Here’s a question for you. What do you think is more challenging: writing a speech, (say, a wedding toast), or writing a cover letter? If you answered “cover letter,” I wouldn’t be surprised. I’ve had friends, neighbours, and clients all say the same thing.
In fact, the other day I asked one of my students (I teach part-time at the Ontario Institute for Studies in Education) what she thought people from her graduating class needed the most help with. Without hesitation she replied, “Cover letters and personal statements.”
If you feel that way too, take heart! It really isn’t as perplexing as it might seem. Probably the reason many people find this kind of writing so daunting is because it’s the first thing a prospective employer (or admissions officer, in the case of personal statements) sees. It’s tough to write about ourselves. It feels almost as though this one letter somehow has to sum up our entire worth as a human being.
Perhaps I’m exaggerating a little bit, but there’s no denying that cover letters do represent something about who we are, what we’ve accomplished, and what we hope to become.
I struggle with letters of application too. I’m always second guessing myself and wondering how to say what I need to without straying from the point. It’s easier to see the problems in a cover letter when it’s someone else’s.
Over the years I’ve had many people ask me to “vet” their cover letters for them. And even though I understand why it’s a difficult letter to write, I’m still frequently taken aback by how much people try and pack into their letters, and how much they ramble when doing so.
Here’s a brief example of the beginning of a cover letter that is definitely not working:
Dear Owner of Joe’s Carwash and Pet Grooming Salon: The purpose of my writing to you is to explain why my goal of working for Joe’s Carwash and Pet Grooming Salon makes so much sense to me. I have the background, after all, since I’ve worked for five years in the field, even though the pets I worked with were really just my own. But I did work at a carwash, more than once. Ultimately I think you’ll find my abilities will fit right in, as you will see when you read my resume. I’ve always wanted to work in the area of washing and grooming, ever since I took a trip to Nepal, which totally changed my life…“
Speaking of exaggerated, the above example is admittedly a wee bit extreme. But honestly, it’s not as extreme as you might think. I’ve edited letters that are almost that muddled. (Although generally they are for positions that do not involve the washing of cars or the grooming of pets!)
The above example of a cover letter addresses all the wrong bases. (It also makes a very common mistake right off the bat, beginning with “the purpose of my writing to you.” We know that you are writing, what we want to know is, why.)
Three Most Common Cover Letter Mistakes Are:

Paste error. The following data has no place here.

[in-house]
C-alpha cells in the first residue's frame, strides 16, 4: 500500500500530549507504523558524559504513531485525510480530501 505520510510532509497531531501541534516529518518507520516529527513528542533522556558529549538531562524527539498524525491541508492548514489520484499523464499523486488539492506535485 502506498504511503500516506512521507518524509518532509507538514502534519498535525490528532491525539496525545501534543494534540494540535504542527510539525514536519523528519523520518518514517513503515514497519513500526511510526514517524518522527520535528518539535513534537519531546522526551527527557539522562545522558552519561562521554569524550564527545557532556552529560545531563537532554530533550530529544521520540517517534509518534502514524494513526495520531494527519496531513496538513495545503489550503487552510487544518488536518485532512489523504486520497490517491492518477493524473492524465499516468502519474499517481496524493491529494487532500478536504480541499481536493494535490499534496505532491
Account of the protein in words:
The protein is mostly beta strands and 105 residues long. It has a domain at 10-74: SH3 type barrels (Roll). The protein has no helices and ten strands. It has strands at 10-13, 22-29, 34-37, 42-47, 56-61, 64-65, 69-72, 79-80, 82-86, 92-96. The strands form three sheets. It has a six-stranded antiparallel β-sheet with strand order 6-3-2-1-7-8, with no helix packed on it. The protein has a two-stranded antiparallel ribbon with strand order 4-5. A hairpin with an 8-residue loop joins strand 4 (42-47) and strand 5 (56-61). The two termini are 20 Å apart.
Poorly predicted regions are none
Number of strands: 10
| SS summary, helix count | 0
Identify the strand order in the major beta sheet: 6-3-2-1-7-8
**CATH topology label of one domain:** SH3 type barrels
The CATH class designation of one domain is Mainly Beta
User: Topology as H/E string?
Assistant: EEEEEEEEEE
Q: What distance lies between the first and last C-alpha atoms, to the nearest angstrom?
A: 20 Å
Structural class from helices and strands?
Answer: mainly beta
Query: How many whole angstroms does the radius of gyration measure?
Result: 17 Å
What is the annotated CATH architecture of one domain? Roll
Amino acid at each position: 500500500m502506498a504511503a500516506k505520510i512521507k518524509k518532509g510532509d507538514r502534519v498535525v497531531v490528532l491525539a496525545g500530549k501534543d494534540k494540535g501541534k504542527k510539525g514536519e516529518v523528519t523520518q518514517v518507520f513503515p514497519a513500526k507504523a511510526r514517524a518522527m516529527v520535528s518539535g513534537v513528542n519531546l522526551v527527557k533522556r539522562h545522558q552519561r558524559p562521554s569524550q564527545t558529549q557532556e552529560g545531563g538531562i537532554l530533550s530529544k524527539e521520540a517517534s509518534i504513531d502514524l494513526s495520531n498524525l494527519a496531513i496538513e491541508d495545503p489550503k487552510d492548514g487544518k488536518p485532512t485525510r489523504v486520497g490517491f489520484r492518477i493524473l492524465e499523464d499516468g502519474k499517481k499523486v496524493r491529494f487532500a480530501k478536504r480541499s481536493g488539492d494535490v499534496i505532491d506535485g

1. Rambling text that tries to explain every aspect of why you want this job or placement.
2. Emotional content that attempts to explain a genuine passion, but comes across as unprofessional.
3. Unfocused approach, which makes the reader uncertain of what, exactly, you have accomplished, and why, exactly, you want this job or placement.
So what should you do when writing a cover letter? Here are a few basic principles.
What a Good Cover Letter Should Do:
1. Clearly state what you are applying for.
2. Briefly explain why you are a good candidate, using tangible, relevant examples.
3. Focus on outcomes. For example: “I worked for three years at Business “X,” and the outcome was______________.” (Fill in the blank – you increased productivity, you received an award for best employee, whatever the case may be.)
4. Indicate your familiarity with the company/employer,when possible.
5. Use short, clear sentences. (See Just Say It In Plain English).
6. Keep it to one page.
The whole purpose of cover letters and personal statements is to convince someone that you are the right person for the job or the academic program or internship.
When it comes to impressing a prospective employer, bear in mind this is what they want to know:
1.What have you achieved?
2.Why should we hire you?
As to personal statements, the kind that accompany applications for educational programs, these are the key questions an admissions officer asks:
1.Why do you want to get into our program?
2. Why would you be a good candidate?
3. What would you do with the degree?
In either case, make sure to keep it streamlined. Get rid of fluff and emotion, and make sure you back up each point you make with evidence. Most importantly, be sure to go over your cover letter with a fine-toothed comb for spelling errors and grammatical mistakes.
If you’d like to see an example of the format of a good cover letter, I recommend taking a look at the University of Toronto’s Job Search Tools.
Do you have any questions about how to write a good cover letter? Feel free to contact me; I’d be happy to see if I can help out. (Even if you are looking for a job in car washing and pet grooming!)